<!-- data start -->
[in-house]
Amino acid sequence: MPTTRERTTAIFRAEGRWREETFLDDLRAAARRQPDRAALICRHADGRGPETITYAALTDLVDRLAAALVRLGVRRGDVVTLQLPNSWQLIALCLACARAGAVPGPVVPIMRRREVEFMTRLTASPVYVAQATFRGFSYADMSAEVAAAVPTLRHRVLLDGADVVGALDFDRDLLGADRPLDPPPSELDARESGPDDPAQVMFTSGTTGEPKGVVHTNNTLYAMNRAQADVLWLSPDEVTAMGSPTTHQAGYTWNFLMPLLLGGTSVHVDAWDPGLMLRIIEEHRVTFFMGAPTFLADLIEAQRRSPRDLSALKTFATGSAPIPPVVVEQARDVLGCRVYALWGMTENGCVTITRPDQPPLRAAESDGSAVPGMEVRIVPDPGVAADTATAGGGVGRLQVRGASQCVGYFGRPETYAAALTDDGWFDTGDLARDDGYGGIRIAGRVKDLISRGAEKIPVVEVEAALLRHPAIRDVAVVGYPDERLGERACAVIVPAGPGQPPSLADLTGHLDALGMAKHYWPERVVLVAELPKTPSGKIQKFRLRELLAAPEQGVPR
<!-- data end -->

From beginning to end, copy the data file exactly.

[in-house]
Amino acid sequence: MPTTRERTTAIFRAEGRWREETFLDDLRAAARRQPDRAALICRHADGRGPETITYAALTDLVDRLAAALVRLGVRRGDVVTLQLPNSWQLIALCLACARAGAVPGPVVPIMRRREVEFMTRLTASPVYVAQATFRGFSYADMSAEVAAAVPTLRHRVLLDGADVVGALDFDRDLLGADRPLDPPPSELDARESGPDDPAQVMFTSGTTGEPKGVVHTNNTLYAMNRAQADVLWLSPDEVTAMGSPTTHQAGYTWNFLMPLLLGGTSVHVDAWDPGLMLRIIEEHRVTFFMGAPTFLADLIEAQRRSPRDLSALKTFATGSAPIPPVVVEQARDVLGCRVYALWGMTENGCVTITRPDQPPLRAAESDGSAVPGMEVRIVPDPGVAADTATAGGGVGRLQVRGASQCVGYFGRPETYAAALTDDGWFDTGDLARDDGYGGIRIAGRVKDLISRGAEKIPVVEVEAALLRHPAIRDVAVVGYPDERLGERACAVIVPAGPGQPPSLADLTGHLDALGMAKHYWPERVVLVAELPKTPSGKIQKFRLRELLAAPEQGVPR